In the instant case, the plaintiffs alleged false representations against each defendant at different times and places, and the jury might have found each defendant, separately, was guilty of fraud independently of the others. We believe the trial court was correct in allowing six challenges to each defendant here where plaintiffs prayed for a joint and several judgment under these circumstances. Tamburello v. Welch, supra; Brown & Root, Inc. v. Gragg, 444 S.W.2d 656 (Tex.Civ. App., Houston, 1st Dist., 1969, writ ref., n. r. e.).
The trial court must determine from the allegations in the pleadings whether two or more parties are entitled to six jury strikes each. Brown & Root, Inc. v. Gragg, supra; Cruse v. Daniels, 293 S.W.2d 616 (Tex.Civ.App., Amarillo, 1956, writ ref., n. r. e.).
There is no showing that appellants had to accept on the jury an objectionable juror. The juror said to be objectionable became such when he could not or would not agree to a verdict on issues favorable to appellants. The record here shows appellants had one strike left when they reached the objectionable juror. They did not strike him nor did they indicate they wanted to strike him or would have struck him as objectionable. Appellants' contention is that the objectionable juror would not have been reached except for the court allowing each of three defendants six challenges each. They did not show an objectionable juror sat on the case as a result of the court's action. Texas Employers' Ins. Ass'n v. Shropshire, 343 S.W.2d 772 (Tex.Civ.App., Texarakana, 1961, writ ref., n. r. e.); City of Hawkins v. E. B. Germany & Sons, 425 S.W.2d 23 (Tex.Civ.App., Tyler, 1968, writ ref., n. r. e.). Appellants' first point is overruled.
In their second point appellants contend that the trial court committed error in entering judgment on the partial findings of the jury.
The trial of this case began on Monday, February 17, 1969, and the evidence was concluded at noon on Friday, February 21, 1969. The charge was prepared, the case was argued to the jury during the afternoon of Friday, February 21, 1969, and the jury deliberated until 8:45 P. M. when they were recessed to Monday, February 24, 1969. They reconvened on Monday and deliberated until 5:00 P. M. On Tuesday, the jury reconvened and deliberated until 4:30 P. M. when they advised Judge David Moore, then presiding, that they were unable to reach a verdict. The Court had the jury brought into the courtroom and then asked whether the jury had answered any of the issues, and the foreman said they had. The Court then asked whether such answers were by unanimous agreement or by majority vote, and the foreman advised that some answers to some issues were unanimously agreed on while some were answered by majority vote. The Court then instructed the jury to return to the jury room, strike out all answers except those unanimously agreed upon. The jury then returned to the courtroom. There is some dispute about whether the Court asked the jury if the answers made were the answers of each juror, but the Court did have the foreman sign the verdict and discharged the jury. The answers were then read to counsel after the jury had gone. Upon hearing the jury's answers, the defendants stated to the Court that they wished to make a motion for judgment, and plaintiffs' counsel stated that he wanted to move for a mistrial. The Court advised counsel they would have to present their motions to Judge Hall who tried the case. Such motions were subsequently filed and heard by Judge Hall.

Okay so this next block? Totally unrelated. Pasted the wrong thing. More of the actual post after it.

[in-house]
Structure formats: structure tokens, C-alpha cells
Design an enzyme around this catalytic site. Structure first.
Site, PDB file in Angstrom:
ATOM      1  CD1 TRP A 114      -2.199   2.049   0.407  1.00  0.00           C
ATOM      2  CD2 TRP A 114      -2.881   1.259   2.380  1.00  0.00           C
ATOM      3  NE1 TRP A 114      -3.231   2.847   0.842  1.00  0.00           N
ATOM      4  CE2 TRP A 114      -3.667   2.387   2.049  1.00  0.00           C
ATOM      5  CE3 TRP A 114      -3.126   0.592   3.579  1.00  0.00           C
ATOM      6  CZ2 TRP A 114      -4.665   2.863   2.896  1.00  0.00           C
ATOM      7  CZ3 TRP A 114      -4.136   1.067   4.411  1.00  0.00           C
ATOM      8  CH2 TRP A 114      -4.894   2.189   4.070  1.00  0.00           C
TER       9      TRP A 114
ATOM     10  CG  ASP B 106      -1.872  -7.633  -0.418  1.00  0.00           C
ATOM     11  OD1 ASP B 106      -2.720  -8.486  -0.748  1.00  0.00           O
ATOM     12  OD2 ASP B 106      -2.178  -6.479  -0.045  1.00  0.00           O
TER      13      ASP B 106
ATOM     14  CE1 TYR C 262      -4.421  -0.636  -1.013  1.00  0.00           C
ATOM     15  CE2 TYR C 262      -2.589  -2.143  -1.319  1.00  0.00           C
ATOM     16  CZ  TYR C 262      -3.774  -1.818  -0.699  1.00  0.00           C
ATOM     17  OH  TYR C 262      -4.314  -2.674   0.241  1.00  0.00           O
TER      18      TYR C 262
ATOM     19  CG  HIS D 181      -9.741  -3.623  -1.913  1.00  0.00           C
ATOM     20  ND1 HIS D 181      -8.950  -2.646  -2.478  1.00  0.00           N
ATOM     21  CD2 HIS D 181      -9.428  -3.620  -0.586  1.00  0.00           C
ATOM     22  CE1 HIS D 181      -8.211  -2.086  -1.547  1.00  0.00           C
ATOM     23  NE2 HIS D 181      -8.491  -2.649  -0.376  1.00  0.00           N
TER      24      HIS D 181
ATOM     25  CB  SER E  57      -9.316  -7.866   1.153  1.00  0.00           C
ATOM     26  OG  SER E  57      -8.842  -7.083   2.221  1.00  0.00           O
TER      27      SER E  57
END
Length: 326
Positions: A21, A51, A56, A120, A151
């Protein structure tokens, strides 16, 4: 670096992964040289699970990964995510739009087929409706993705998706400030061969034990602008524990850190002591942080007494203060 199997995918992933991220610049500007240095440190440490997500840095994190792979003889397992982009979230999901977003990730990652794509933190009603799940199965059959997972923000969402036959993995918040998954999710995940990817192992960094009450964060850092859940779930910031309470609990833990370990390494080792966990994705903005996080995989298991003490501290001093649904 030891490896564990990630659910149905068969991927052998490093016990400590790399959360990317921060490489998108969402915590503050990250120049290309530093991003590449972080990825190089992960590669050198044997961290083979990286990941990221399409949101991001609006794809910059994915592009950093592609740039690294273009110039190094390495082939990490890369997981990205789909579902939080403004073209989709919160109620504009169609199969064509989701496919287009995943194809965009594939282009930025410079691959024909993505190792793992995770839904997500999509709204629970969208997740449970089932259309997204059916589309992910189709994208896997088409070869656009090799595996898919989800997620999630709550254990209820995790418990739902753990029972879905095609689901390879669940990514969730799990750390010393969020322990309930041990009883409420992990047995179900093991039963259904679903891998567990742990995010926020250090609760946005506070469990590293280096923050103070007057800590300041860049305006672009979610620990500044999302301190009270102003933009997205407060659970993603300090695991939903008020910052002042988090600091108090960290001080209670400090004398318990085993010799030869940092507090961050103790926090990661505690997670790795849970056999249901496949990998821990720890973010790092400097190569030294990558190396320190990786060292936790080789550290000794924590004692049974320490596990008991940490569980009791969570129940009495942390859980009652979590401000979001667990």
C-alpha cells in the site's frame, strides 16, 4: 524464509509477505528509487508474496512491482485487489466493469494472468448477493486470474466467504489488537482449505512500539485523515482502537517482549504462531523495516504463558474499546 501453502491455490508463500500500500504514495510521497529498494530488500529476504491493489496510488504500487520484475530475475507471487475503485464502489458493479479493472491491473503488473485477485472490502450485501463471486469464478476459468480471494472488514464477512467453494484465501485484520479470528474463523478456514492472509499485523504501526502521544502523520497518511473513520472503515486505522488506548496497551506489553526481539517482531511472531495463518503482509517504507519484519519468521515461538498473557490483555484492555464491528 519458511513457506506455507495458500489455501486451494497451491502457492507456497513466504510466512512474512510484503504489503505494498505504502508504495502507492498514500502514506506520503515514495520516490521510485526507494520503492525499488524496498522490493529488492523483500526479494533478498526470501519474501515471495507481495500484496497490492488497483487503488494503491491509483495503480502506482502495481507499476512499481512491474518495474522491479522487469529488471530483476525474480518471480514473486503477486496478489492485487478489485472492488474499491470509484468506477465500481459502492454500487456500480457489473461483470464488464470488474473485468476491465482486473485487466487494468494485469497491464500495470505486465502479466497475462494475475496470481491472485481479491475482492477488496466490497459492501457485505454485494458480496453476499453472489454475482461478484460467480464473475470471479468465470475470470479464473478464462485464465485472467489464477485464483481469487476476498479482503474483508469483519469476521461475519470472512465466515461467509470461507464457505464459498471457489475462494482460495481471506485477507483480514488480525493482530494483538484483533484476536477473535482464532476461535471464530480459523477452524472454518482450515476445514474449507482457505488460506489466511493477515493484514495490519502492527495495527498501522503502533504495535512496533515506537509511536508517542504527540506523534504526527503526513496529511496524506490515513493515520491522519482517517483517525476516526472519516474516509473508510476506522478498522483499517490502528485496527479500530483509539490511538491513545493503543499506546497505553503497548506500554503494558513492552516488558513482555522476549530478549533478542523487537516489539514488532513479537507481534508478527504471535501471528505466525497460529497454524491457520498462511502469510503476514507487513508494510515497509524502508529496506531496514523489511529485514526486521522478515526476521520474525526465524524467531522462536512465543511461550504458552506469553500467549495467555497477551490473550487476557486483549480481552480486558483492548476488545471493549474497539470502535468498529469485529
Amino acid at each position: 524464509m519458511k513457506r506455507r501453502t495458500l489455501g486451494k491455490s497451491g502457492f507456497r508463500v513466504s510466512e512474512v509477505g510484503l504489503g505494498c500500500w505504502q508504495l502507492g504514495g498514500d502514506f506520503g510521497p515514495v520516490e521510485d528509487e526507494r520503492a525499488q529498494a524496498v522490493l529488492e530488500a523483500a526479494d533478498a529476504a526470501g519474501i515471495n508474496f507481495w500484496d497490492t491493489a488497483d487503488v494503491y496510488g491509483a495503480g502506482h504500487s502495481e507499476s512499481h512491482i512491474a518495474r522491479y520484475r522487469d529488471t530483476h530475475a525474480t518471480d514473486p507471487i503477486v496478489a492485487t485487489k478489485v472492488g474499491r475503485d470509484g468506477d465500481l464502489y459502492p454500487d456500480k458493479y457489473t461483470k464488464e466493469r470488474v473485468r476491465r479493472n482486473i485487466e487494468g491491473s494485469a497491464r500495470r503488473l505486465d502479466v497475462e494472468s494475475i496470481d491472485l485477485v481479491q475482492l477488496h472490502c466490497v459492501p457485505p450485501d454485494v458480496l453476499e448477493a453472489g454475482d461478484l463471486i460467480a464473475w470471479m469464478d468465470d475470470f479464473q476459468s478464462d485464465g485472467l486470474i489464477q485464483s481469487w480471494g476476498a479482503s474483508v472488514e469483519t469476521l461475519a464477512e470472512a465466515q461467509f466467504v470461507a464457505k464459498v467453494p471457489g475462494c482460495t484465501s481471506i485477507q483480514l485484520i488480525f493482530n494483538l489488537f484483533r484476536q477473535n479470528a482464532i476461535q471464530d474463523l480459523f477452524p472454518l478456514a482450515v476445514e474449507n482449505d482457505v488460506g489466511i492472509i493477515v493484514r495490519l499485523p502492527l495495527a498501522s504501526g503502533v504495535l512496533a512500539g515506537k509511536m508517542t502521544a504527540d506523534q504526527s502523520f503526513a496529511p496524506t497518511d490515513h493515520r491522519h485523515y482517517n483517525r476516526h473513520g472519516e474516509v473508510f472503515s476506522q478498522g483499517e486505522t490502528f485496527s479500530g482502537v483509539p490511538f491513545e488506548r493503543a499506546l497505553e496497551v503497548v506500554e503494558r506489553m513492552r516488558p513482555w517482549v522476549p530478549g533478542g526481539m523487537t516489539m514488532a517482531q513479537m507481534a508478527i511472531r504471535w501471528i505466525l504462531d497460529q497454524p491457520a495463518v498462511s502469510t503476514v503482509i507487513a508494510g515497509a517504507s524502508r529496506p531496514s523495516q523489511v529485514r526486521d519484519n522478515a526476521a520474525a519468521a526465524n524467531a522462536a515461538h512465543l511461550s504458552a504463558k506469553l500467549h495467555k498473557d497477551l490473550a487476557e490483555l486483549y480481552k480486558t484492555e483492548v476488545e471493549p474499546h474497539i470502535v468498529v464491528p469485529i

Counsel may have anticipated or expected the Court to declare a mistrial and dismiss the jury when they were brought into the courtroom in response to the jury's message that it was hung. However, the Court never declared a mistrial, but, to the contrary, everything he did indicated that he would receive, and he did receive, the partial verdict of the jury. All counsel agreed to the discharge of the jury, and the jury had left the courtroom when the Court read the answers to those issues unanimously agreed upon, and named the issues left unanswered. The questions arise (1) whether appellants waived their right to complain to the receipt of a partial verdict under the circumstances, and (2) whether the Court committed error in rendering judgment based on the partial verdict.